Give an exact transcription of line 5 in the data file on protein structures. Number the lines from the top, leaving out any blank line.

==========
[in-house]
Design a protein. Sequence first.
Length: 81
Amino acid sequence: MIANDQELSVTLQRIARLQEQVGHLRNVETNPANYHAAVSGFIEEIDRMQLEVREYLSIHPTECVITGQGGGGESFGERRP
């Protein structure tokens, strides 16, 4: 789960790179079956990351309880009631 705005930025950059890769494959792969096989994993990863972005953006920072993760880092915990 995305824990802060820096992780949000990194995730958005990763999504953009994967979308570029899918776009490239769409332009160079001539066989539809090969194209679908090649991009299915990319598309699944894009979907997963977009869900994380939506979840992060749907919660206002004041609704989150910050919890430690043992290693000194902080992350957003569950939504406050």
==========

């Protein structure tokens, strides 16, 4: 789960790179079956990351309880009631 705005930025950059890769494959792969096989994993990863972005953006920072993760880092915990 995305824990802060820096992780949000990194995730958005990763999504953009994967979308570029899918776009490239769409332009160079001539066989539809090969194209679908090649991009299915990319598309699944894009979907997963977009869900994380939506979840992060749907919660206002004041609704989150910050919890430690043992290693000194902080992350957003569950939504406050």